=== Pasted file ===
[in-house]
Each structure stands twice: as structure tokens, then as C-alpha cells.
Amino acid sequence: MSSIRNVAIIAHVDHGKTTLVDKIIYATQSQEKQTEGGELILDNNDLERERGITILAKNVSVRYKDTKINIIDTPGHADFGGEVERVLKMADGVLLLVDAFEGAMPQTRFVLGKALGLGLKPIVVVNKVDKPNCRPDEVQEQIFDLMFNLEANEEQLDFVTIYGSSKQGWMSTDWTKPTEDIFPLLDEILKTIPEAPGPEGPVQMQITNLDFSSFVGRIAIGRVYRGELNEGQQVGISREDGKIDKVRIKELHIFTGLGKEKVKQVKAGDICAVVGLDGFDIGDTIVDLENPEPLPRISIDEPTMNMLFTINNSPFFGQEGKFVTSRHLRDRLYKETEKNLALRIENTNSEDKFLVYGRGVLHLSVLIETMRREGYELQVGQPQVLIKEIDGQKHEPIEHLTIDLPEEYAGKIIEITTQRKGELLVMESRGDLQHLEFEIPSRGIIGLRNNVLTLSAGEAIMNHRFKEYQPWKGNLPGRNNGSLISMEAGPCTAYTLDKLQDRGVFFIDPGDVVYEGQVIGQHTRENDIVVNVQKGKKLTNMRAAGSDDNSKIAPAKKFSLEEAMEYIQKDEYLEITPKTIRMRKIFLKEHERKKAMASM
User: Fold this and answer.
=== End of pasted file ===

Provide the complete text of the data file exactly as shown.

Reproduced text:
[in-house]
Each structure stands twice: as structure tokens, then as C-alpha cells.
Amino acid sequence: MSSIRNVAIIAHVDHGKTTLVDKIIYATQSQEKQTEGGELILDNNDLERERGITILAKNVSVRYKDTKINIIDTPGHADFGGEVERVLKMADGVLLLVDAFEGAMPQTRFVLGKALGLGLKPIVVVNKVDKPNCRPDEVQEQIFDLMFNLEANEEQLDFVTIYGSSKQGWMSTDWTKPTEDIFPLLDEILKTIPEAPGPEGPVQMQITNLDFSSFVGRIAIGRVYRGELNEGQQVGISREDGKIDKVRIKELHIFTGLGKEKVKQVKAGDICAVVGLDGFDIGDTIVDLENPEPLPRISIDEPTMNMLFTINNSPFFGQEGKFVTSRHLRDRLYKETEKNLALRIENTNSEDKFLVYGRGVLHLSVLIETMRREGYELQVGQPQVLIKEIDGQKHEPIEHLTIDLPEEYAGKIIEITTQRKGELLVMESRGDLQHLEFEIPSRGIIGLRNNVLTLSAGEAIMNHRFKEYQPWKGNLPGRNNGSLISMEAGPCTAYTLDKLQDRGVFFIDPGDVVYEGQVIGQHTRENDIVVNVQKGKKLTNMRAAGSDDNSKIAPAKKFSLEEAMEYIQKDEYLEITPKTIRMRKIFLKEHERKKAMASM
User: Fold this and answer.